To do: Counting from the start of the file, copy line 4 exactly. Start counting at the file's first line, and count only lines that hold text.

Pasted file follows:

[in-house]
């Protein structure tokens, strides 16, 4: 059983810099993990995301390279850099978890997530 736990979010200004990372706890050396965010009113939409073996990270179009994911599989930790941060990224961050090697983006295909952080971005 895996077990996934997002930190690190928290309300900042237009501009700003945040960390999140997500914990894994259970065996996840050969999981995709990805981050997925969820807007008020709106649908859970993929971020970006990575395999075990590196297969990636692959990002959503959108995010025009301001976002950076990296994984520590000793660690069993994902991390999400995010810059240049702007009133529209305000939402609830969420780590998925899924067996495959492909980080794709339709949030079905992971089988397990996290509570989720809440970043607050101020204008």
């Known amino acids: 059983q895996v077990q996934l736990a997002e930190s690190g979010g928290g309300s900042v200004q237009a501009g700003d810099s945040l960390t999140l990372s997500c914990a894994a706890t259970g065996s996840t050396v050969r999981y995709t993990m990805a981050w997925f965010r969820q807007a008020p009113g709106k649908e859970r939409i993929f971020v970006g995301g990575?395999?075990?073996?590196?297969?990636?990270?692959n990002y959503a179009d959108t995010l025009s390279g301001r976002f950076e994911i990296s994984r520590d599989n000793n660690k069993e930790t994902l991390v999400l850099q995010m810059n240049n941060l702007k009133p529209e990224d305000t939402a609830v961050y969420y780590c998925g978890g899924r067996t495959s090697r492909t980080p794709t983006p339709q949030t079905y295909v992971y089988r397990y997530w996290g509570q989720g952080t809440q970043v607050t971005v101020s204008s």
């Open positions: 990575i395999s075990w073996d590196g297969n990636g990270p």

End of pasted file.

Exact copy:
């Open positions: 990575i395999s075990w073996d590196g297969n990636g990270p």